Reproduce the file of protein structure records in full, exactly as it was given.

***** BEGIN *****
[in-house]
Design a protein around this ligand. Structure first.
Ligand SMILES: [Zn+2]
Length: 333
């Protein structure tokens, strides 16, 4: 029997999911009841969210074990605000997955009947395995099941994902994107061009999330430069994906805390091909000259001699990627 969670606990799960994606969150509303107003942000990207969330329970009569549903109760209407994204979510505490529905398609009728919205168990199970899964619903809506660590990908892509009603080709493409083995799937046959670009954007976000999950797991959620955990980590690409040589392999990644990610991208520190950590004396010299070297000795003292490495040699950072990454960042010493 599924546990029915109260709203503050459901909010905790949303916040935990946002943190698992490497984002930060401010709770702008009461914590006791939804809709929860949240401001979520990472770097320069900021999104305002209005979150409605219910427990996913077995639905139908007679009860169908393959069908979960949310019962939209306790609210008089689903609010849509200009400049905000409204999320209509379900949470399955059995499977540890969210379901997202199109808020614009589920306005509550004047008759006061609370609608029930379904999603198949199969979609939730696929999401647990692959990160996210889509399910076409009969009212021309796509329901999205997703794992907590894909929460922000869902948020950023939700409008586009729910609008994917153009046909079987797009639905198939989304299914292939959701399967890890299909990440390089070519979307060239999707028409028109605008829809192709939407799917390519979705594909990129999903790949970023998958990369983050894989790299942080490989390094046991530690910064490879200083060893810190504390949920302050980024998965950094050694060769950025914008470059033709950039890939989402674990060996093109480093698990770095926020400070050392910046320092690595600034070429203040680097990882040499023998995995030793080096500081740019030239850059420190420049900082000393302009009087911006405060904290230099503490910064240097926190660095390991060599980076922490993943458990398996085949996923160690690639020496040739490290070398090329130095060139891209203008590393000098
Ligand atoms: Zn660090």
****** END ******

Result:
[in-house]
Design a protein around this ligand. Structure first.
Ligand SMILES: [Zn+2]
Length: 333
């Protein structure tokens, strides 16, 4: 029997999911009841969210074990605000997955009947395995099941994902994107061009999330430069994906805390091909000259001699990627 969670606990799960994606969150509303107003942000990207969330329970009569549903109760209407994204979510505490529905398609009728919205168990199970899964619903809506660590990908892509009603080709493409083995799937046959670009954007976000999950797991959620955990980590690409040589392999990644990610991208520190950590004396010299070297000795003292490495040699950072990454960042010493 599924546990029915109260709203503050459901909010905790949303916040935990946002943190698992490497984002930060401010709770702008009461914590006791939804809709929860949240401001979520990472770097320069900021999104305002209005979150409605219910427990996913077995639905139908007679009860169908393959069908979960949310019962939209306790609210008089689903609010849509200009400049905000409204999320209509379900949470399955059995499977540890969210379901997202199109808020614009589920306005509550004047008759006061609370609608029930379904999603198949199969979609939730696929999401647990692959990160996210889509399910076409009969009212021309796509329901999205997703794992907590894909929460922000869902948020950023939700409008586009729910609008994917153009046909079987797009639905198939989304299914292939959701399967890890299909990440390089070519979307060239999707028409028109605008829809192709939407799917390519979705594909990129999903790949970023998958990369983050894989790299942080490989390094046991530690910064490879200083060893810190504390949920302050980024998965950094050694060769950025914008470059033709950039890939989402674990060996093109480093698990770095926020400070050392910046320092690595600034070429203040680097990882040499023998995995030793080096500081740019030239850059420190420049900082000393302009009087911006405060904290230099503490910064240097926190660095390991060599980076922490993943458990398996085949996923160690690639020496040739490290070398090329130095060139891209203008590393000098
Ligand atoms: Zn660090």